Thank you to countless readers for pointing out the Bose headphones were discontinued. That was hasty, deadline linking on my part for which I apologize. A reader was kind enough to point out an alternative option: Sony has noise-canceling earbuds that are getting good reviews. Check out the review here. And again, apologies (but we are happy to get feedback and to see people are reading so intently!) (CJN)
The Ghost Towers of Iran (CJN)
WITI guest Reilly (WITI 10/2 - The Autopilot Edition) shared this link about rising wait times at fast-food drive-throughs on our contributor’s Slack: "Customers spent an average of 255 seconds from speaker to order window in 2019, about 20 seconds longer than in 2018. And with menus becoming more complex and lanes possibly getting more crowded with not only drive-thru customers but also those picking up mobile orders, it's going to be difficult for brands to shave off seconds moving forward." (NRB)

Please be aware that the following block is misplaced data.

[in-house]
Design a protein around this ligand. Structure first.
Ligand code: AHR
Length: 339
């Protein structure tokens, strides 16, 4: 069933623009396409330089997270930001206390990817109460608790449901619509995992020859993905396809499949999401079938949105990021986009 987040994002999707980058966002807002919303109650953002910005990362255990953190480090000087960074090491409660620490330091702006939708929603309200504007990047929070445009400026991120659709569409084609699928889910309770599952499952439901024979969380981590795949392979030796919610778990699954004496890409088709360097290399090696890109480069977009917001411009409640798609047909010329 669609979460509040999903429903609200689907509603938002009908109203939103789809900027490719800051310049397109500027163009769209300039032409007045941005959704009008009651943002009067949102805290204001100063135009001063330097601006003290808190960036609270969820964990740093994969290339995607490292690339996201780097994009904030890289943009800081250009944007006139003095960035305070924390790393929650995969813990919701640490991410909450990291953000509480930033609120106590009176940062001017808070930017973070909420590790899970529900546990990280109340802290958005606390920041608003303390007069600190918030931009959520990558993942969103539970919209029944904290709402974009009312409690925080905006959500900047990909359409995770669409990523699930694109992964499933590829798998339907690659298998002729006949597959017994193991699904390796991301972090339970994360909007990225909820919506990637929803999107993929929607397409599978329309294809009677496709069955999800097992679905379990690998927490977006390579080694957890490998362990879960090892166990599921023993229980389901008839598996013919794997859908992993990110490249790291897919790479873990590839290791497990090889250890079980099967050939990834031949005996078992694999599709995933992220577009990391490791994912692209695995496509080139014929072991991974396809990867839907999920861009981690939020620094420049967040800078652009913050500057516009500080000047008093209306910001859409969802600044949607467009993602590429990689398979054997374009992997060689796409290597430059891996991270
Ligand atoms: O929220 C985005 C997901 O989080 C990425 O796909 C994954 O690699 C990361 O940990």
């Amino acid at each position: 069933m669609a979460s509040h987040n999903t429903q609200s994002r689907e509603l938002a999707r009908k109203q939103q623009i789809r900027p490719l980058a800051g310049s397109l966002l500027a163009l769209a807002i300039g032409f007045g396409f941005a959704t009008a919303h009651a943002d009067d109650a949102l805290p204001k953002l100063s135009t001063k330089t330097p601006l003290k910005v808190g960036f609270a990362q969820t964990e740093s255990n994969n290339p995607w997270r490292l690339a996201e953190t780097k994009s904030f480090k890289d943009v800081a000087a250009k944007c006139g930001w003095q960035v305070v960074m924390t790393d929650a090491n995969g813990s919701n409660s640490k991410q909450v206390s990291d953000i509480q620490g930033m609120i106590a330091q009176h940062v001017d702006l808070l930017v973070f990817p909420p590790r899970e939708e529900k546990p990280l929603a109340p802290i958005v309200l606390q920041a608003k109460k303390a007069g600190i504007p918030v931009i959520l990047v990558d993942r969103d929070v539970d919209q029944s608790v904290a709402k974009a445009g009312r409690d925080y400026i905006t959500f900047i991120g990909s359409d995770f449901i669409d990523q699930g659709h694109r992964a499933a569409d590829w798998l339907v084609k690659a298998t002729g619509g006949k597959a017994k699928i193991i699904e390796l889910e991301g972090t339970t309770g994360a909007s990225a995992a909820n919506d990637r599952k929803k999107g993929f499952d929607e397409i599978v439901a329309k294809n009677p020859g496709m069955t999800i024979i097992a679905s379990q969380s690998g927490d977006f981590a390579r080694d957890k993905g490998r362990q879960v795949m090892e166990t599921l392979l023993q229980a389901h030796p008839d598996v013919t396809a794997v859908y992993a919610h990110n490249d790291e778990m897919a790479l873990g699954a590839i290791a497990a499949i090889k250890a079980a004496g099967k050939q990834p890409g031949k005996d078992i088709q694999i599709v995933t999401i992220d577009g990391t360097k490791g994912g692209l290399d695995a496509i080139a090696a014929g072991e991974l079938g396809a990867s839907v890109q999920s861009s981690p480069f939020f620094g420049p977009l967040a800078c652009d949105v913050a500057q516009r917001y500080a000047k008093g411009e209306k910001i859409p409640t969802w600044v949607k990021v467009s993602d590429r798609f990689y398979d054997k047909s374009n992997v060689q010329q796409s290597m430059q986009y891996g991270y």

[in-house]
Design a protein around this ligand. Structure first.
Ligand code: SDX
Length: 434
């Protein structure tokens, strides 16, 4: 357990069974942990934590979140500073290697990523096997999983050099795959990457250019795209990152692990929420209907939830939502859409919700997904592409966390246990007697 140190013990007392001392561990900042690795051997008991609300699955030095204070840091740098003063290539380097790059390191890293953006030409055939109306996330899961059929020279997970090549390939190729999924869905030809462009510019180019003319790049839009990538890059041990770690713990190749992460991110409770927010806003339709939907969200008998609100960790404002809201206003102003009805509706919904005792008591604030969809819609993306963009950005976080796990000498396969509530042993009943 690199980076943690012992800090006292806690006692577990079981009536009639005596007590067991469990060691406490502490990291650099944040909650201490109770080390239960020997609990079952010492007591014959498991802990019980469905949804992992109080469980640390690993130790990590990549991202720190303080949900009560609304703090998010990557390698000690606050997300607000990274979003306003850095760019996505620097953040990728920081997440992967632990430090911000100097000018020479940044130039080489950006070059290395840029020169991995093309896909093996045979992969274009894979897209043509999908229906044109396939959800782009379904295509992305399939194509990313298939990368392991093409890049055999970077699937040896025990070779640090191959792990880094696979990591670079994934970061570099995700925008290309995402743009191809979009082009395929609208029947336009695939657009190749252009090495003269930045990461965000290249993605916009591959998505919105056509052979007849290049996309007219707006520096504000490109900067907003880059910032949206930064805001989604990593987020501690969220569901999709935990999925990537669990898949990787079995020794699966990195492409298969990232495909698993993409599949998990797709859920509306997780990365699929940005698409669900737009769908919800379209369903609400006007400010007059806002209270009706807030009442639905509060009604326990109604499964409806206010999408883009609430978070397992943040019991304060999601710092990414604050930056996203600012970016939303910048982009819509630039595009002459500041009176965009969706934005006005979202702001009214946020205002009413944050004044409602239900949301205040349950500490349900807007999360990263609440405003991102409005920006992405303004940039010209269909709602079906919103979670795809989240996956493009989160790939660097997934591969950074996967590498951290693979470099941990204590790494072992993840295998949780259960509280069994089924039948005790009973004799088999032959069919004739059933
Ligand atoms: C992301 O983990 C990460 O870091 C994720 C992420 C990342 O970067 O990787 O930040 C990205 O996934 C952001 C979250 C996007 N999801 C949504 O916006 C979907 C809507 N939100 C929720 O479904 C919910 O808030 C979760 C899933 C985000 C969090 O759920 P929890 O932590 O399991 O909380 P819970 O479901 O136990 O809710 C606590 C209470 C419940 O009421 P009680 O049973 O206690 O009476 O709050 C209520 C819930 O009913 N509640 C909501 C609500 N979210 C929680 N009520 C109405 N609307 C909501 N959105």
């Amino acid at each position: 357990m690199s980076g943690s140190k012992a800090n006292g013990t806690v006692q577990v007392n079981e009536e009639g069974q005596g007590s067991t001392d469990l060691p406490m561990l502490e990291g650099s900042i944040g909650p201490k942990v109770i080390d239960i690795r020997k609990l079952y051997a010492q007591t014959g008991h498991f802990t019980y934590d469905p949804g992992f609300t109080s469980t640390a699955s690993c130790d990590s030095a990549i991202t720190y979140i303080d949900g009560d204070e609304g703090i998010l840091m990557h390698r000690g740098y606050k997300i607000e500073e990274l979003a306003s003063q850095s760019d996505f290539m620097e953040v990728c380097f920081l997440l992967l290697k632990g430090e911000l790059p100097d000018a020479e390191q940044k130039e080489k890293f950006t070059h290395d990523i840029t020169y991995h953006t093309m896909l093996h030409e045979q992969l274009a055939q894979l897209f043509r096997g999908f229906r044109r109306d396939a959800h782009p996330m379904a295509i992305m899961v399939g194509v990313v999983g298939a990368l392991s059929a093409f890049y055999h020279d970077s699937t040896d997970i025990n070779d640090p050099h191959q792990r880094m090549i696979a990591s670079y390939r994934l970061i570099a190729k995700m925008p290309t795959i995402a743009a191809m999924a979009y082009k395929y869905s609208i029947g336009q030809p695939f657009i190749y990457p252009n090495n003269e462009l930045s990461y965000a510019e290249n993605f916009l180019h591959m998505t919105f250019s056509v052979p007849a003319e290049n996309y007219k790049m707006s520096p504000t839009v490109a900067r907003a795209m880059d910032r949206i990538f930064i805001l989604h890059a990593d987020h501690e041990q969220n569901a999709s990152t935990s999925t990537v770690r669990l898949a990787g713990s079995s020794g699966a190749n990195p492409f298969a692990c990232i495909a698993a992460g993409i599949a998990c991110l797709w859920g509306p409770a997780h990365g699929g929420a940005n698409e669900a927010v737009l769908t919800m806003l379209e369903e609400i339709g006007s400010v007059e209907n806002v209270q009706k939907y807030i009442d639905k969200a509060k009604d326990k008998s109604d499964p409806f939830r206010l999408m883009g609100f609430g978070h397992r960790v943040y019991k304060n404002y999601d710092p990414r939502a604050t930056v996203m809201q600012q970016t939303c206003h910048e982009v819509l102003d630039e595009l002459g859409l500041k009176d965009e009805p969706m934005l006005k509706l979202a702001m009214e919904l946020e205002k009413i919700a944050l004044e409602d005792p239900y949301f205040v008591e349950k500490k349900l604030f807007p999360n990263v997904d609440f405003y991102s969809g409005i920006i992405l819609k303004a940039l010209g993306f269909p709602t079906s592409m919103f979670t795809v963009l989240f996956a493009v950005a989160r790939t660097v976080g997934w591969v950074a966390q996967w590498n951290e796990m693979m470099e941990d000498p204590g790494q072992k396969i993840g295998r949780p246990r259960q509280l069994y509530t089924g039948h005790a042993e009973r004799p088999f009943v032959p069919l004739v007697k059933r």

Thanks for reading,
Noah (NRB) & Colin (CJN)
PS - Noah here. I’ve started a new company and we are looking for our first engineer and designer to join the team. If you are one of those or know anyone who is great, please share. Dinner’s on me at a restaurant of your choice if you help us find someone.
Why is this interesting? is a daily email from Noah Brier & Colin Nagy (and friends!) about interesting things. If you’ve enjoyed this edition, please consider forwarding it to a friend. If you’re reading it for the first time, consider subscribing (it’s free!).